How do you treat bleeding that is related to uterine fibroids?

Rafael J. Perez, MD
OBGYN (Obstetrics & Gynecology)
Treatment for bleeding as a result of uterine fibroids can span from non –invasive to invasive: the medicinal approach to the surgical approach.  
For example: Heavy bleeding and prolonged menstrual cycles, your GYN can prescribe oral contraceptives or progestins. A hormonal intra uterine device (inserted by your gynecologist) can be another option.
Please keep in mind, when symptoms are not relieved by the medicinal approach, the patient may need additional treatment such as surgery or procedures such as uterine artery embolization or endometrial ablation.  
Bleeding related to fibroids should first be treated medically. In the past non-steroidal anti-inflammatory medicines (NSAID, ex. ibuprofen) or oral contraceptive pills have been the most commonly used. More recently, tranexamic acid is a NSAID that has specific effects on the lining of the uterus to improve bleeding. It is prescribed to be taken only on the heaviest days of bleeding (up to 5 days maximum) each month. If the medical therapy does not work, Uterine Artery/Fibroid Embolization (UAE or UFE) should be considered along with surgery. UFE is non-surgical, performed as an outpatient, treats all of the fibroids in the uterus, and allows women not only to avoid riskier surgery, it allows them to keep their uterus.

Continue Learning about Uterine Fibroids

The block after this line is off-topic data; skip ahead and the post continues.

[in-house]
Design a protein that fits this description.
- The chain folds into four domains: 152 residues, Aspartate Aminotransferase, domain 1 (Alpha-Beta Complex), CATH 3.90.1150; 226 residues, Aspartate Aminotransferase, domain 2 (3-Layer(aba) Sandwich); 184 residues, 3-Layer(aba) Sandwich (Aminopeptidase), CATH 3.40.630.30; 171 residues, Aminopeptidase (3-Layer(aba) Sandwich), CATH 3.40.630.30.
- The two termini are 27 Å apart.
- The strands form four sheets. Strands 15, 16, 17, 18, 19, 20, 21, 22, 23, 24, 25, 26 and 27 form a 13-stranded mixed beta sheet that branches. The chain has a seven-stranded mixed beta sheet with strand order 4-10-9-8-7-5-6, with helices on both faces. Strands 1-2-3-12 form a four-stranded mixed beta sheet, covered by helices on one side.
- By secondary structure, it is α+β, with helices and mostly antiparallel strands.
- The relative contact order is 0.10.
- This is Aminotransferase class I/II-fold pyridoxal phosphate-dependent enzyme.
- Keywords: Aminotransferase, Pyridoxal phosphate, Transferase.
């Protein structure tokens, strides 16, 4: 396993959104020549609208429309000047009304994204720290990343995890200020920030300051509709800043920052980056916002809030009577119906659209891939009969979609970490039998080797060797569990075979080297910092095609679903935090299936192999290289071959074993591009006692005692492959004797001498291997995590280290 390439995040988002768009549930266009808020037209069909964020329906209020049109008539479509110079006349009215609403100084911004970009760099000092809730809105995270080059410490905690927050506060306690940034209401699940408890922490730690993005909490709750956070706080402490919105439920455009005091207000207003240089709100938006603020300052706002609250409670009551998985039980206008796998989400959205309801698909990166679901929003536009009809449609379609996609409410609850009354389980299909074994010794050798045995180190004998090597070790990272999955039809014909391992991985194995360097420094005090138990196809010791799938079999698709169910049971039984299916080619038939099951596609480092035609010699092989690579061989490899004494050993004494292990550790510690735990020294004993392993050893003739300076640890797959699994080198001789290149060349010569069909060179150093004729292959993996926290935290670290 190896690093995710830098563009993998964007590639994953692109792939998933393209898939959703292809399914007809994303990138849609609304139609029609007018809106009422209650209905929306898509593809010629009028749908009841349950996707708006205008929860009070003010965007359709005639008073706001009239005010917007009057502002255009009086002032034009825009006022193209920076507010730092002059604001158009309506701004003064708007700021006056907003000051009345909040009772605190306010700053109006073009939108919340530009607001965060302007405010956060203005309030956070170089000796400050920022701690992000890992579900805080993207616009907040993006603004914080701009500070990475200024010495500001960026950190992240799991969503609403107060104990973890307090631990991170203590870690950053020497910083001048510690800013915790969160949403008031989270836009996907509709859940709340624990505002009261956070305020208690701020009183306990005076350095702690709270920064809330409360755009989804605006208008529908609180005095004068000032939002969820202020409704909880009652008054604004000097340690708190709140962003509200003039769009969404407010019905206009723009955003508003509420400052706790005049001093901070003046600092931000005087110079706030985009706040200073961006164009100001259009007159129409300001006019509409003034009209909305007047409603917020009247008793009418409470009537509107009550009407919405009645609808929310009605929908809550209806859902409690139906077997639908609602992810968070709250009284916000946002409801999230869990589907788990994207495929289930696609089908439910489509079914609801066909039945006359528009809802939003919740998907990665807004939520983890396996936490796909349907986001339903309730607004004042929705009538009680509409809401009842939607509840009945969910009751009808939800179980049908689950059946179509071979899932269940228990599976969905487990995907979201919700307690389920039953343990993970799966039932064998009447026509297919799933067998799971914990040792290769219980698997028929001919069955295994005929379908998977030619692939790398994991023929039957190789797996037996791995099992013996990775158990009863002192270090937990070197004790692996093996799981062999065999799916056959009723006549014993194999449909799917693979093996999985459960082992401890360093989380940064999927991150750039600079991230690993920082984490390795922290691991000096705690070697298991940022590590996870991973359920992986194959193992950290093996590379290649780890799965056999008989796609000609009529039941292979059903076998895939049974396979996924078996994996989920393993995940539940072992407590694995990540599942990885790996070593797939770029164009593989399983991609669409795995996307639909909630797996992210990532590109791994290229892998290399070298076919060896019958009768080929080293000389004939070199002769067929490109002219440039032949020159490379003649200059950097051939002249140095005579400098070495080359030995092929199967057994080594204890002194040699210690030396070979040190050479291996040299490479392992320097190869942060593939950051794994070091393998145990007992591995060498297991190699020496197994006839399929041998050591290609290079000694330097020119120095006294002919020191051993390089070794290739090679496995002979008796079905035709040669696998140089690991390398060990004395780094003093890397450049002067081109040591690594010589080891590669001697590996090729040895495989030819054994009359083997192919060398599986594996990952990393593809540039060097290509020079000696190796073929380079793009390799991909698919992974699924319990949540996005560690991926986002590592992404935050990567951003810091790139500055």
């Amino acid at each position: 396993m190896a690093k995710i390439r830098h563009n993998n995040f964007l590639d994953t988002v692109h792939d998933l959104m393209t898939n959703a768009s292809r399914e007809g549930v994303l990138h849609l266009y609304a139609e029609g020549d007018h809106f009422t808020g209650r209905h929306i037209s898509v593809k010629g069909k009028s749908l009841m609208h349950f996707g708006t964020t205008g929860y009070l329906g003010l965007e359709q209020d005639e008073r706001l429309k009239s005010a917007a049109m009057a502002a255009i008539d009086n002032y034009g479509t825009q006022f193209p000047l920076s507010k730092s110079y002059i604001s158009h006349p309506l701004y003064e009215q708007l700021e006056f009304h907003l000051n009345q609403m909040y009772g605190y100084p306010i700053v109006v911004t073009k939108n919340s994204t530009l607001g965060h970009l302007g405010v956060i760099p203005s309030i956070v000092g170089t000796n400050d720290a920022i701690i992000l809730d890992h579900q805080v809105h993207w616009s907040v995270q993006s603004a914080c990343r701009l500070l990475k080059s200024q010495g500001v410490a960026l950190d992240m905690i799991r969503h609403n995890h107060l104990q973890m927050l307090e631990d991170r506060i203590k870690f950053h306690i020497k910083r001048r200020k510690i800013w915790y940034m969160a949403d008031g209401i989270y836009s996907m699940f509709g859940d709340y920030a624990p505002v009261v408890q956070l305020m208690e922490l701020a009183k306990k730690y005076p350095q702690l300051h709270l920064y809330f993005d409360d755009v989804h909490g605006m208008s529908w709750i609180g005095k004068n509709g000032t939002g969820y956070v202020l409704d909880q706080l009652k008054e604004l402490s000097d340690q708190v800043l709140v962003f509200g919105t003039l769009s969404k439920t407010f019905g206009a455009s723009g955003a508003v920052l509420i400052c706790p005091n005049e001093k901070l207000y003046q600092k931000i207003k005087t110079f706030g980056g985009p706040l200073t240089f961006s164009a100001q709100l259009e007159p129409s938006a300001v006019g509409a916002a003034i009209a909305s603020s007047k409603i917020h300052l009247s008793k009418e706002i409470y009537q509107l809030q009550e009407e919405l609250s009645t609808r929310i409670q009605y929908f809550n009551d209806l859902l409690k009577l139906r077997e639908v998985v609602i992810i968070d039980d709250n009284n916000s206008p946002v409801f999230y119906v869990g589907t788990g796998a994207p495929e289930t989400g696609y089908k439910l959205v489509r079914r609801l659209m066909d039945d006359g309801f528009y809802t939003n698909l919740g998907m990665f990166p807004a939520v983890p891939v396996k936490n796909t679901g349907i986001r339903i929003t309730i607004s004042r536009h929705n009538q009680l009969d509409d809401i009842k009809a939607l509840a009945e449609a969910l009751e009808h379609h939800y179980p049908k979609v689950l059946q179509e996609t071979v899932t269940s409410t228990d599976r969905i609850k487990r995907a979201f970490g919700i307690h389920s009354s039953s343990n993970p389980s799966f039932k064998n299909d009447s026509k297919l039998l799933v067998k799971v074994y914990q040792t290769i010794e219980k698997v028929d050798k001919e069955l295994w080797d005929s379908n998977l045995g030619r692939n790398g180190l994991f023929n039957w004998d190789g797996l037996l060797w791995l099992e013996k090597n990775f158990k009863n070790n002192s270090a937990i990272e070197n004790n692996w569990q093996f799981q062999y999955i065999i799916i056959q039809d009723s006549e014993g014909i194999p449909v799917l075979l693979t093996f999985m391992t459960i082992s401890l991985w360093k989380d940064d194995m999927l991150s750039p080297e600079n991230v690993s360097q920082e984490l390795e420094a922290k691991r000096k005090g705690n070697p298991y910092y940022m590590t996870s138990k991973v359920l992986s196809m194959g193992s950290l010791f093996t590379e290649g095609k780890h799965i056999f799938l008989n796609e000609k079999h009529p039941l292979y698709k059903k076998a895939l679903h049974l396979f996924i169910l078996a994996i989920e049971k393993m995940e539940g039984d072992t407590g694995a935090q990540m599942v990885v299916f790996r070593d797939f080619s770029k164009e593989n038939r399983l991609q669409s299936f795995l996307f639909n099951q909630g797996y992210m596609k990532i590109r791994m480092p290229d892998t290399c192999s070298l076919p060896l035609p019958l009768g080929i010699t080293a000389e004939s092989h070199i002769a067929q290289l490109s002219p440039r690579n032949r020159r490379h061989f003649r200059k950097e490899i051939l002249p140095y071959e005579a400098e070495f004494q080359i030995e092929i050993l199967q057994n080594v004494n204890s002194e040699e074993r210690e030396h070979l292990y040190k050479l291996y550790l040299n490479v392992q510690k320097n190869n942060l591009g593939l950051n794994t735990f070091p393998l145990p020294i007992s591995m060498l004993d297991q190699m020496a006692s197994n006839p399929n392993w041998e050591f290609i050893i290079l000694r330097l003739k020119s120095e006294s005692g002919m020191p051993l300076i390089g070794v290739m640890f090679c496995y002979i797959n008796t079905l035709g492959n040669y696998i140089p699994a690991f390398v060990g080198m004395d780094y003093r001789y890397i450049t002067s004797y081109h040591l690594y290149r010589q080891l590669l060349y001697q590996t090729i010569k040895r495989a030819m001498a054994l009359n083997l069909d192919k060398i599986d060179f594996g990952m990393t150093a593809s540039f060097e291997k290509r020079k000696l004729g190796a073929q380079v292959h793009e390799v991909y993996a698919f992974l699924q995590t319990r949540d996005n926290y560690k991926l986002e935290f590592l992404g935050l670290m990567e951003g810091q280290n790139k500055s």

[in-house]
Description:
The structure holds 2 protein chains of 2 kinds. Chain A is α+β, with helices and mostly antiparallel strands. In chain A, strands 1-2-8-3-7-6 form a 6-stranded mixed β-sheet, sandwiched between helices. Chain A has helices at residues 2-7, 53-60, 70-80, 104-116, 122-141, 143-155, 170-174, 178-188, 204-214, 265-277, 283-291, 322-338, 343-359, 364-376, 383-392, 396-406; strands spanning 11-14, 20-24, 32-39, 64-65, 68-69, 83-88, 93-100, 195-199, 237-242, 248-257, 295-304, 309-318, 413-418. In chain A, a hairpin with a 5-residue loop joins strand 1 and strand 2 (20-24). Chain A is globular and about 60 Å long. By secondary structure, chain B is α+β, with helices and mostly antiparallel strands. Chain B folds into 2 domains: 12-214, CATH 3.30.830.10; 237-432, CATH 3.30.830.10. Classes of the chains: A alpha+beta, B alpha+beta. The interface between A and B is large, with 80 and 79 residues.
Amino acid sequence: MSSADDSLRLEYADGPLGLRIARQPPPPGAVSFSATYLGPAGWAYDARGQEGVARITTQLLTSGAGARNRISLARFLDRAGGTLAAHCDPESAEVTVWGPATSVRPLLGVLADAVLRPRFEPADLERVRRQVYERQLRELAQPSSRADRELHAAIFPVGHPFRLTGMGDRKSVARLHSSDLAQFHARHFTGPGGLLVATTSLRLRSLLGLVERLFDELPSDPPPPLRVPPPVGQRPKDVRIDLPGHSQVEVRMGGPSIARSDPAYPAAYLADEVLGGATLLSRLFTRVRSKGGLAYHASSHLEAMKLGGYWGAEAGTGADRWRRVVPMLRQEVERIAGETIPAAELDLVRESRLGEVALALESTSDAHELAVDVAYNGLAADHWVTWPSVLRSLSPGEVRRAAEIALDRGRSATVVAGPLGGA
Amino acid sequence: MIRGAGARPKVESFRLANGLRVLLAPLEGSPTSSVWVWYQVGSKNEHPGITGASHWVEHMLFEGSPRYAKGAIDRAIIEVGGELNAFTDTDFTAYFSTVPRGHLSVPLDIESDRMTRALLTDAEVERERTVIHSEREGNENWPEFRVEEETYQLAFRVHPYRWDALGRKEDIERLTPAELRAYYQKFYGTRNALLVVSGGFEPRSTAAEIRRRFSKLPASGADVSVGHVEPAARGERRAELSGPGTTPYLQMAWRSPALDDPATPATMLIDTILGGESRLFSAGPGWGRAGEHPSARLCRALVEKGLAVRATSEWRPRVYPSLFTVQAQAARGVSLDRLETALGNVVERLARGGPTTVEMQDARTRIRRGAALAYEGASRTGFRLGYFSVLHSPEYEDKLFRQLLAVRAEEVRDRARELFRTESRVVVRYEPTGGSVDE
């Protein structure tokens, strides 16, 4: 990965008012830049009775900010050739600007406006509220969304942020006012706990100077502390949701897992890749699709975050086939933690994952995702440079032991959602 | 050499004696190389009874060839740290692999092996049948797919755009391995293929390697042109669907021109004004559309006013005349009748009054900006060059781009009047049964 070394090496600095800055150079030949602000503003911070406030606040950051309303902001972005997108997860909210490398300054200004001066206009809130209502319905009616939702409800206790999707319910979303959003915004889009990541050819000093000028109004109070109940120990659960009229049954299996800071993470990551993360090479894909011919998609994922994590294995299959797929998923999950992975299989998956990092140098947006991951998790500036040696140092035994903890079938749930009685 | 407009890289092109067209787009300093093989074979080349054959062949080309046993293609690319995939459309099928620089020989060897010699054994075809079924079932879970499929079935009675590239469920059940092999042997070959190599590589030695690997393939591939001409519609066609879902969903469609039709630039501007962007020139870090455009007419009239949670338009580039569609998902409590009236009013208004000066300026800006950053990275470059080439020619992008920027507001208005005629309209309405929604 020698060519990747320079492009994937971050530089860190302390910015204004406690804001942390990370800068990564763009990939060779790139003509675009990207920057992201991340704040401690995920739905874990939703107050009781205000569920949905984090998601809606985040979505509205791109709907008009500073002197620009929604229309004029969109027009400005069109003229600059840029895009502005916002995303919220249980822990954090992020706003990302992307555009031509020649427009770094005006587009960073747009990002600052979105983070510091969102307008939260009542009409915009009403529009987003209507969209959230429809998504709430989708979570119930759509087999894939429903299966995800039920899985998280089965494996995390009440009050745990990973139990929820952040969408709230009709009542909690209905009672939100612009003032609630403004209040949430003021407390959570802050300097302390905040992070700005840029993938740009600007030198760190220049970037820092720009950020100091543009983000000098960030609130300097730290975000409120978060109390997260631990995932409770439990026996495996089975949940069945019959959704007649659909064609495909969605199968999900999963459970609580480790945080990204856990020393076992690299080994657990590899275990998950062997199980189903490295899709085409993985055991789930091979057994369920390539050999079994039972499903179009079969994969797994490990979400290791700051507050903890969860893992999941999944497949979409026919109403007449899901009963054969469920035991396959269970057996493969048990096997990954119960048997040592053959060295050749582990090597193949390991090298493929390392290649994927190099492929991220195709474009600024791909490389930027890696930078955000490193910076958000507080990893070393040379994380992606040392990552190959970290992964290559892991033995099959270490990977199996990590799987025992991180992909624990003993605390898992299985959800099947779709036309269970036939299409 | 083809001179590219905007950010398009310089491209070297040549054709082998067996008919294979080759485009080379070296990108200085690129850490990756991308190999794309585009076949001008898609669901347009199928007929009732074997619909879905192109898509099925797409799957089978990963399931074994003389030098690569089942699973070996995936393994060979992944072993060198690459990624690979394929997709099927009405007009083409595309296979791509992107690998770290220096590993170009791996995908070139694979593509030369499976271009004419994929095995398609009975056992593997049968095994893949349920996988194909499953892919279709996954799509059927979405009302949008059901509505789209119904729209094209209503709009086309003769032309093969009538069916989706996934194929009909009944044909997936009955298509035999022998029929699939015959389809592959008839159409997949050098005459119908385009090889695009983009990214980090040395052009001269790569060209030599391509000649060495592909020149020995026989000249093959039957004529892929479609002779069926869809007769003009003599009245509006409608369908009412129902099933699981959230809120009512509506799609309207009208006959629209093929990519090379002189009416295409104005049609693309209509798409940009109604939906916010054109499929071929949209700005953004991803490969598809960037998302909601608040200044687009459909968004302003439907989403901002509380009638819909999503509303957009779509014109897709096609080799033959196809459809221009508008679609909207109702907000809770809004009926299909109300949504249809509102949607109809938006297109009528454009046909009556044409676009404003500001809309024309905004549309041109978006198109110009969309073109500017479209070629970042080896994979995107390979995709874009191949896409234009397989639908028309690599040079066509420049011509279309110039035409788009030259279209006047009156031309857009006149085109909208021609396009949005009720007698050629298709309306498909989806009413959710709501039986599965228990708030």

Uterine Fibroids

If you have uterine fibroids, you may never even notice that they are there. Ranging from the size of a small seed to grapefruit-sized, fibroids are tumors on the uterus that rarely cause harm. Some women have true discomfort with ...

fibroids, including pain in the abdomen or low back, or pain during sex. Sometimes, uterine fibroids can cause miscarriage, preterm labor, or even lead to infertility. Women in their 40s and 50s, women of African-American descent and women that are overweight are at higher risk of developing fibroids, although an estimated 20-80% of women will have them at some point before they turn 50. If your doctor notices fibroids during an ultrasound or pelvic exam, he or she may want to treat them with medication or surgery.

Important: This content reflects information from various individuals and organizations and may offer alternative or opposing points of view. It should not be used for medical advice, diagnosis or treatment. As always, you should consult with your healthcare provider about your specific health needs.